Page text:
This raises an interesting possibility – that marketers will pursue data quality for its business benefits and pocket an environmental benefit for free. In perhaps the greatest buy one, get one free ever, if they get PAS 2020 certification, it may also give them some valuable claims for the CSR report. “It will be a by-product of what marketing is doing,” believes Day.
If marketing does want to start connecting its data quality programmes to corporate environmental actions, then it is likely to need a new generation of tools and measures. One of those could be the Smart Audit developed by meta-morphix, part of The REaD Group.
“There is a bell curve of response and suppression,” says Rob Salmon, managing director of the database bureau. “You don’t want to risk suppressing customers who have been in recent contact with the company. In the middle of the bell curve you get the most benefit.”
The purpose of the Smart Audit is to apply some classic customer profiling, such as recency, at the same time as suppression, rather than viewing these as separate. “The combination of recency of contact and value means you can identify groups who are at high risk of having changed data and are worth suppressing and enhancing,” says Salmon.
In line with the austerity budgets in marketing, this avoids the potentially high cost of suppressing an entire database by identifying where there is greatest need. This can translate into a positive CSR message. “I am a big proponent of environmental sense. I am also a business man. If you’re putting off prospects and customers because you send them communications that cross their own environmental concerns, it is a double whammy. Instead, you could achieve a dual purpose from doing the right thing with data quality,” he says.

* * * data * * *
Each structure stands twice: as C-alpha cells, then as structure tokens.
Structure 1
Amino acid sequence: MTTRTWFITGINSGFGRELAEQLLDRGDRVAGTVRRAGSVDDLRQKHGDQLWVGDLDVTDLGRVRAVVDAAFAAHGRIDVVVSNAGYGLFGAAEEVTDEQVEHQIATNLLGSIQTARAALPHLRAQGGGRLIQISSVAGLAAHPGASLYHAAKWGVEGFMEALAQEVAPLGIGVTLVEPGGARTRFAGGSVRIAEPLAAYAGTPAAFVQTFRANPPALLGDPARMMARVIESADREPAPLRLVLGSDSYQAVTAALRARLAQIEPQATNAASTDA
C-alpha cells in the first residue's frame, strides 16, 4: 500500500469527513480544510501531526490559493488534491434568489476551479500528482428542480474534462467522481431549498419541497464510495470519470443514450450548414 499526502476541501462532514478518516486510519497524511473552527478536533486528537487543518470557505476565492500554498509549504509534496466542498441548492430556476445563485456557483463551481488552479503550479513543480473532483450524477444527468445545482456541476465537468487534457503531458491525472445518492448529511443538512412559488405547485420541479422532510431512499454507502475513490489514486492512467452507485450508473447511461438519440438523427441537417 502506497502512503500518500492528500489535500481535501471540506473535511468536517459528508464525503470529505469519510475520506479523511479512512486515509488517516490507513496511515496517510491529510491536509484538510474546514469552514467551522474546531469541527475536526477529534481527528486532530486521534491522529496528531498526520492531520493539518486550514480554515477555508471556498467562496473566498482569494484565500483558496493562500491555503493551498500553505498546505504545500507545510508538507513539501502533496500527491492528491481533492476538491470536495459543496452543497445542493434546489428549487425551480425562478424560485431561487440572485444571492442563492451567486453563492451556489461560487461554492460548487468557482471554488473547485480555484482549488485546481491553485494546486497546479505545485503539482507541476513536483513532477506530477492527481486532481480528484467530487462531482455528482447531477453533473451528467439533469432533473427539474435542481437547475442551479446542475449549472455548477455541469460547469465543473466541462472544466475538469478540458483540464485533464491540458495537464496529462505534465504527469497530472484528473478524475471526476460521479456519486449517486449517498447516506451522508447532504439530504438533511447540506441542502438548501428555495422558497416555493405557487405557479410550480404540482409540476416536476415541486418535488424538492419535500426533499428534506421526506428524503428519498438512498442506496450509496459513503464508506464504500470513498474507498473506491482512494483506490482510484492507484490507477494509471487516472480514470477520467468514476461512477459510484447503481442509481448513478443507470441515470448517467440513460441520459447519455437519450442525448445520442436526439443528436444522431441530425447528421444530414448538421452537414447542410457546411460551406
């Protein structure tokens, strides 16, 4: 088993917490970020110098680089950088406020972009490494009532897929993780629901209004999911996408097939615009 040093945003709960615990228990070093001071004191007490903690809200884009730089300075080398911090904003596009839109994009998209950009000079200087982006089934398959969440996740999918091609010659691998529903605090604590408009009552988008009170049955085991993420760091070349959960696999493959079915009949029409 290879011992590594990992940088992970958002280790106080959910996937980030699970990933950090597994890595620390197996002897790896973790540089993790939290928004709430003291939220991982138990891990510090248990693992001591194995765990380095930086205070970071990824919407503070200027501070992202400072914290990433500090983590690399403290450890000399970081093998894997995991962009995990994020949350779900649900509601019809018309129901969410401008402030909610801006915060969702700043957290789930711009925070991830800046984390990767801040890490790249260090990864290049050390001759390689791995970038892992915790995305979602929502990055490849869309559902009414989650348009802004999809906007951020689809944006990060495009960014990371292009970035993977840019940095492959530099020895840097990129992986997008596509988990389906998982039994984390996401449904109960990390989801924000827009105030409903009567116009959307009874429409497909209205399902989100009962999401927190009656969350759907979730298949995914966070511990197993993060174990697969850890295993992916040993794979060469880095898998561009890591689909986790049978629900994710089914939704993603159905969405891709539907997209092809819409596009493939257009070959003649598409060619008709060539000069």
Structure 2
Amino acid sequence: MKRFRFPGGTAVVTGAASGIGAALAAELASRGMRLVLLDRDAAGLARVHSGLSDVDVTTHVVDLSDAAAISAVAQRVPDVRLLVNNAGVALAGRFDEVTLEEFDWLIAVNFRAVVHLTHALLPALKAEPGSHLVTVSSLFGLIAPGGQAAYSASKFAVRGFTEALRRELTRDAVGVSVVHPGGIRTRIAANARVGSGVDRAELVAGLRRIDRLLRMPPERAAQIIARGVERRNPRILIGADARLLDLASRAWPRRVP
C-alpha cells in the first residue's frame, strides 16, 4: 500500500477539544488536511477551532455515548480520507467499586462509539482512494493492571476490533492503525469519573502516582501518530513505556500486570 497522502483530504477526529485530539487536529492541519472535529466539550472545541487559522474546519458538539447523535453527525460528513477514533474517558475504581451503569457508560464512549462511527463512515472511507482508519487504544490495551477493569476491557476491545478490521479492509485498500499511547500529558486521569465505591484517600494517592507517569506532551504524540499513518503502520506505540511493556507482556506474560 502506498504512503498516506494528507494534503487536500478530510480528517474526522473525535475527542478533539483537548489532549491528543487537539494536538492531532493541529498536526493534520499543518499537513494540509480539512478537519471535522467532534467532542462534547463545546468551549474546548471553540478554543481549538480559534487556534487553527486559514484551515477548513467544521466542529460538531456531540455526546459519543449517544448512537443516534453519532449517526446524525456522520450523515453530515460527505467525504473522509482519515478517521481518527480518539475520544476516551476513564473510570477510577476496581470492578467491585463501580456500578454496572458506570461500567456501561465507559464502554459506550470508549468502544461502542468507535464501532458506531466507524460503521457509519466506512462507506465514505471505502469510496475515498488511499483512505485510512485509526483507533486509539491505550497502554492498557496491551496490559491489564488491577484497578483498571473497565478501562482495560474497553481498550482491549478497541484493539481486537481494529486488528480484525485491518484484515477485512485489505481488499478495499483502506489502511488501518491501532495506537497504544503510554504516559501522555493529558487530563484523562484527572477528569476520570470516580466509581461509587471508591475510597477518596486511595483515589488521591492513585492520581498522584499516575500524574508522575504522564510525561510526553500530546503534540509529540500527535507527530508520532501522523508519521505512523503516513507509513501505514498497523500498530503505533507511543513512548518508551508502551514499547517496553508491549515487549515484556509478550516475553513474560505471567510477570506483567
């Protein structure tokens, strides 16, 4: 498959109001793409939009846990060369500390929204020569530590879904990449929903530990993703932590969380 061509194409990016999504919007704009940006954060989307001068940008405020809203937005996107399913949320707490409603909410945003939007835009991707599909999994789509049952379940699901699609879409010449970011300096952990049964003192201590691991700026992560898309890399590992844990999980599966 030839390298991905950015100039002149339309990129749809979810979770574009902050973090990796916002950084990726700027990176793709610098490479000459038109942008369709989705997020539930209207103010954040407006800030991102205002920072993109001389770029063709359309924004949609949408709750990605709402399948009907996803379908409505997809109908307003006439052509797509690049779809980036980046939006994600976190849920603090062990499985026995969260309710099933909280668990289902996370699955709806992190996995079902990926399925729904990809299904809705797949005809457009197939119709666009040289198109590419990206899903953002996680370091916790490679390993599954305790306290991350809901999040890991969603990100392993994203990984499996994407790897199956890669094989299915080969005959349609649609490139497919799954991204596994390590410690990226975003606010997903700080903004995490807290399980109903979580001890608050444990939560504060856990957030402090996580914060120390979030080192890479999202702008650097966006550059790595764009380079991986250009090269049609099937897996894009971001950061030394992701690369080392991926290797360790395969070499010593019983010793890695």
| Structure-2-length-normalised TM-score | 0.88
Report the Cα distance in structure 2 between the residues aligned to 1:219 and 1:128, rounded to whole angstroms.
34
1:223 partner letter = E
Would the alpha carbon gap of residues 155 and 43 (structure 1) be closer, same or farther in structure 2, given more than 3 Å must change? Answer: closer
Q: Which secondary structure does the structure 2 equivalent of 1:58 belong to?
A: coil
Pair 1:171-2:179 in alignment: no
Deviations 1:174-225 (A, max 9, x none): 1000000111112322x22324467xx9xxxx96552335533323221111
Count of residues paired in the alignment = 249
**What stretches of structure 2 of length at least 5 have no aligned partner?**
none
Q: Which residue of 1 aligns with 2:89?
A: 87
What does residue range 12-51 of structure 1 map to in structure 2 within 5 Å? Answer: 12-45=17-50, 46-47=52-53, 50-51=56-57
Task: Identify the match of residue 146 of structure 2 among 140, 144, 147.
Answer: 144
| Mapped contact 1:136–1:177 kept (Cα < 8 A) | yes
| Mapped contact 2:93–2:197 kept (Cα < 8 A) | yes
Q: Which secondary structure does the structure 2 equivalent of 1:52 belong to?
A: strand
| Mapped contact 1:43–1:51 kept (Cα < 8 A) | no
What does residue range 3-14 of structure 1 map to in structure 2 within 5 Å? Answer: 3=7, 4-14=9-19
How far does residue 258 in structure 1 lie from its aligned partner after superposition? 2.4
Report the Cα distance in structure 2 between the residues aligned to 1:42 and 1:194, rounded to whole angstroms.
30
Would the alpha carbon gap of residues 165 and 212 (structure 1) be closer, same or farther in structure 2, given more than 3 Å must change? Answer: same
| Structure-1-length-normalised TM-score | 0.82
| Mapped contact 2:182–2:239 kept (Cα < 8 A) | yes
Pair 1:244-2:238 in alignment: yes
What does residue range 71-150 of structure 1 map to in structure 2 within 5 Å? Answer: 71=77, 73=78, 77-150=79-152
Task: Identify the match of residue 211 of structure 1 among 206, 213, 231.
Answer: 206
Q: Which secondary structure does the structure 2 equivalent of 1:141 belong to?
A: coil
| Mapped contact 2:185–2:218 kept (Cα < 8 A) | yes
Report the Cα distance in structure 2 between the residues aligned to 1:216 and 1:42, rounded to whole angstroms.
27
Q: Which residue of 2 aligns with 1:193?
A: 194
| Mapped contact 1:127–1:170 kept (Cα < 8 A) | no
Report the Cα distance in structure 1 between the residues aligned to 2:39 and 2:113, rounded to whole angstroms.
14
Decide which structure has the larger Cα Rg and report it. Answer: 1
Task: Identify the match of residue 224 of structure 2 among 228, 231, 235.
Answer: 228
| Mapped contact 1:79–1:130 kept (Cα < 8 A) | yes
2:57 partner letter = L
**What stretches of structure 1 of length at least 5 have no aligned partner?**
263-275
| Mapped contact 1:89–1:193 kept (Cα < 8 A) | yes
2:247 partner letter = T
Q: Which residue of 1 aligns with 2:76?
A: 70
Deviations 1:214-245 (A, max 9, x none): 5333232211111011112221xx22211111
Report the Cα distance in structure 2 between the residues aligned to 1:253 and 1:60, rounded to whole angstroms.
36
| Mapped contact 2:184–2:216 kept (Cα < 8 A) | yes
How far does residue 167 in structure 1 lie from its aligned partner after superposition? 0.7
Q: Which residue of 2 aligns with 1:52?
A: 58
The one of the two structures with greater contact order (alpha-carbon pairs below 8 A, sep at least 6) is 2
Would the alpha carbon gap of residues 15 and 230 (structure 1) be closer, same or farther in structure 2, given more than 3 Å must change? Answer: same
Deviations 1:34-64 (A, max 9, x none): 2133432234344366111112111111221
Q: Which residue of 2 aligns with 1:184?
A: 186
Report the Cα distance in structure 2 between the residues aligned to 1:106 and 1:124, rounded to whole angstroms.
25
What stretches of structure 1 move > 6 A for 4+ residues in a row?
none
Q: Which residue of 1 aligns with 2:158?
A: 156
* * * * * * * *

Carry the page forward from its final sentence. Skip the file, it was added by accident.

What marketing does to support specific tactical activities, the company is doing at a corporate level as part of key strategic initiatives. In the realm of business intelligence, for example, data quality is critical in ensuring that decisions are based on the right information and driving the right outcomes.
Data governance processes are increasingly being applied to keep data fit for purpose, controlled, managed and accessed as it should be. External regulation could roll major environmental dimensions of CSR into data governance.
“A lot of the briefs we are seeing are factoring in carbon trading in 2012 or by 2016,” says Tommy Drummond, vicepresident of data quality at Informatica. “Key strategic thinkers know it is coming down the line. They want to be able to do something about it by understanding their fuel consumption, distribution and delivery networks, for example.”
This is already driving tighter standards for data management, not least through the consolidation of systems. “The CIO of one global electronics company is looking to reduce the number of data centres from 27 to three over five years. He is very well aware that data centres are major users of energy and they want to reduce their carbon emissions,” says Drummond.
Double duty is performed by data quality in such scenarios, leading Richard Kellet, manager, product marketing at SAS, to note that, “the chief financial officer likes it because he is also responsible for CSR reporting.”
He believes that companies are genuinely look at “the bigger picture” of environmental impact, even if they are more directly addressing local issues like marketing activity. It may give them two benefits for the price of one, but data quality is still saving the planet one record at a time.